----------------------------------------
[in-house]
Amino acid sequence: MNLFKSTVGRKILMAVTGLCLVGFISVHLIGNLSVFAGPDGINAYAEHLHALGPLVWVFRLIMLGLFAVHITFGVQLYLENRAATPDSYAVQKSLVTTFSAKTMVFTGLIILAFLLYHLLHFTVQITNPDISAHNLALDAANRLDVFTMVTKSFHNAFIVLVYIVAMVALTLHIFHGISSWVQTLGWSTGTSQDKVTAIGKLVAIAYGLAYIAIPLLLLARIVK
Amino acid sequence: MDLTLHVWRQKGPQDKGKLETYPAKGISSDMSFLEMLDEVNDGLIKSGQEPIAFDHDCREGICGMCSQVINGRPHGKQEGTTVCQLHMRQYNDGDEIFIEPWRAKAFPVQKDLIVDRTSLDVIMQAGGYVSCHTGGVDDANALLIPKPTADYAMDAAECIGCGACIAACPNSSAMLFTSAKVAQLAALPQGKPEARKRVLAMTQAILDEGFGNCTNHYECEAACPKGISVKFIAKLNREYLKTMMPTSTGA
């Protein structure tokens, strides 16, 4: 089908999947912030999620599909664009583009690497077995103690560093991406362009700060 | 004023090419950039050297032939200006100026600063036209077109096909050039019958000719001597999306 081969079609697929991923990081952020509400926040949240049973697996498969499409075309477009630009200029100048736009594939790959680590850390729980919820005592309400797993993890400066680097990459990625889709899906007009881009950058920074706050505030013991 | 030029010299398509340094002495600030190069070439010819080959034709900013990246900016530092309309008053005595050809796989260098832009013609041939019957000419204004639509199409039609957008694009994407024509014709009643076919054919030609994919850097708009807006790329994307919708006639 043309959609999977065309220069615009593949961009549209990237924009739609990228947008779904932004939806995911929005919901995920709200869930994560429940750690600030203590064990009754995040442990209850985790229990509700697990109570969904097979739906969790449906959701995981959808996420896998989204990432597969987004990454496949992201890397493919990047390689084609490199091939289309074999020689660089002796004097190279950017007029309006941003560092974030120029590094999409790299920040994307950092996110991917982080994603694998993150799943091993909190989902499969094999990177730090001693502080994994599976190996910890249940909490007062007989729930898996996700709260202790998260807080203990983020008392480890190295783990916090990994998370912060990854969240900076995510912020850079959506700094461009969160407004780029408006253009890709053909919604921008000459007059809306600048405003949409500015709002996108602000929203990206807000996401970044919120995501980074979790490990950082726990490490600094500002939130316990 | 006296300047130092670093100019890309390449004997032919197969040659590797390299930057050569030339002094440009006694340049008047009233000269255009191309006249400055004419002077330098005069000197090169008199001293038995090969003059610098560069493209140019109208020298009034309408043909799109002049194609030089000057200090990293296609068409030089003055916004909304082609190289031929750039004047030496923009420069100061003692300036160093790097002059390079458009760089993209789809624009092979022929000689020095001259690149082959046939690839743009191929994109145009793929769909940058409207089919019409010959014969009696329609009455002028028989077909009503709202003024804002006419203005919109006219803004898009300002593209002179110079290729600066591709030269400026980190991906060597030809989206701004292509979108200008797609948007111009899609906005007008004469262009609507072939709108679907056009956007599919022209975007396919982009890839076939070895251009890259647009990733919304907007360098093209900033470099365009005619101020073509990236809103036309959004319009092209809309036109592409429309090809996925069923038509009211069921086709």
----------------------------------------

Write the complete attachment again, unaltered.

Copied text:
[in-house]
Amino acid sequence: MNLFKSTVGRKILMAVTGLCLVGFISVHLIGNLSVFAGPDGINAYAEHLHALGPLVWVFRLIMLGLFAVHITFGVQLYLENRAATPDSYAVQKSLVTTFSAKTMVFTGLIILAFLLYHLLHFTVQITNPDISAHNLALDAANRLDVFTMVTKSFHNAFIVLVYIVAMVALTLHIFHGISSWVQTLGWSTGTSQDKVTAIGKLVAIAYGLAYIAIPLLLLARIVK
Amino acid sequence: MDLTLHVWRQKGPQDKGKLETYPAKGISSDMSFLEMLDEVNDGLIKSGQEPIAFDHDCREGICGMCSQVINGRPHGKQEGTTVCQLHMRQYNDGDEIFIEPWRAKAFPVQKDLIVDRTSLDVIMQAGGYVSCHTGGVDDANALLIPKPTADYAMDAAECIGCGACIAACPNSSAMLFTSAKVAQLAALPQGKPEARKRVLAMTQAILDEGFGNCTNHYECEAACPKGISVKFIAKLNREYLKTMMPTSTGA
């Protein structure tokens, strides 16, 4: 089908999947912030999620599909664009583009690497077995103690560093991406362009700060 | 004023090419950039050297032939200006100026600063036209077109096909050039019958000719001597999306 081969079609697929991923990081952020509400926040949240049973697996498969499409075309477009630009200029100048736009594939790959680590850390729980919820005592309400797993993890400066680097990459990625889709899906007009881009950058920074706050505030013991 | 030029010299398509340094002495600030190069070439010819080959034709900013990246900016530092309309008053005595050809796989260098832009013609041939019957000419204004639509199409039609957008694009994407024509014709009643076919054919030609994919850097708009807006790329994307919708006639 043309959609999977065309220069615009593949961009549209990237924009739609990228947008779904932004939806995911929005919901995920709200869930994560429940750690600030203590064990009754995040442990209850985790229990509700697990109570969904097979739906969790449906959701995981959808996420896998989204990432597969987004990454496949992201890397493919990047390689084609490199091939289309074999020689660089002796004097190279950017007029309006941003560092974030120029590094999409790299920040994307950092996110991917982080994603694998993150799943091993909190989902499969094999990177730090001693502080994994599976190996910890249940909490007062007989729930898996996700709260202790998260807080203990983020008392480890190295783990916090990994998370912060990854969240900076995510912020850079959506700094461009969160407004780029408006253009890709053909919604921008000459007059809306600048405003949409500015709002996108602000929203990206807000996401970044919120995501980074979790490990950082726990490490600094500002939130316990 | 006296300047130092670093100019890309390449004997032919197969040659590797390299930057050569030339002094440009006694340049008047009233000269255009191309006249400055004419002077330098005069000197090169008199001293038995090969003059610098560069493209140019109208020298009034309408043909799109002049194609030089000057200090990293296609068409030089003055916004909304082609190289031929750039004047030496923009420069100061003692300036160093790097002059390079458009760089993209789809624009092979022929000689020095001259690149082959046939690839743009191929994109145009793929769909940058409207089919019409010959014969009696329609009455002028028989077909009503709202003024804002006419203005919109006219803004898009300002593209002179110079290729600066591709030269400026980190991906060597030809989206701004292509979108200008797609948007111009899609906005007008004469262009609507072939709108679907056009956007599919022209975007396919982009890839076939070895251009890259647009990733919304907007360098093209900033470099365009005619101020073509990236809103036309959004319009092209809309036109592409429309090809996925069923038509009211069921086709």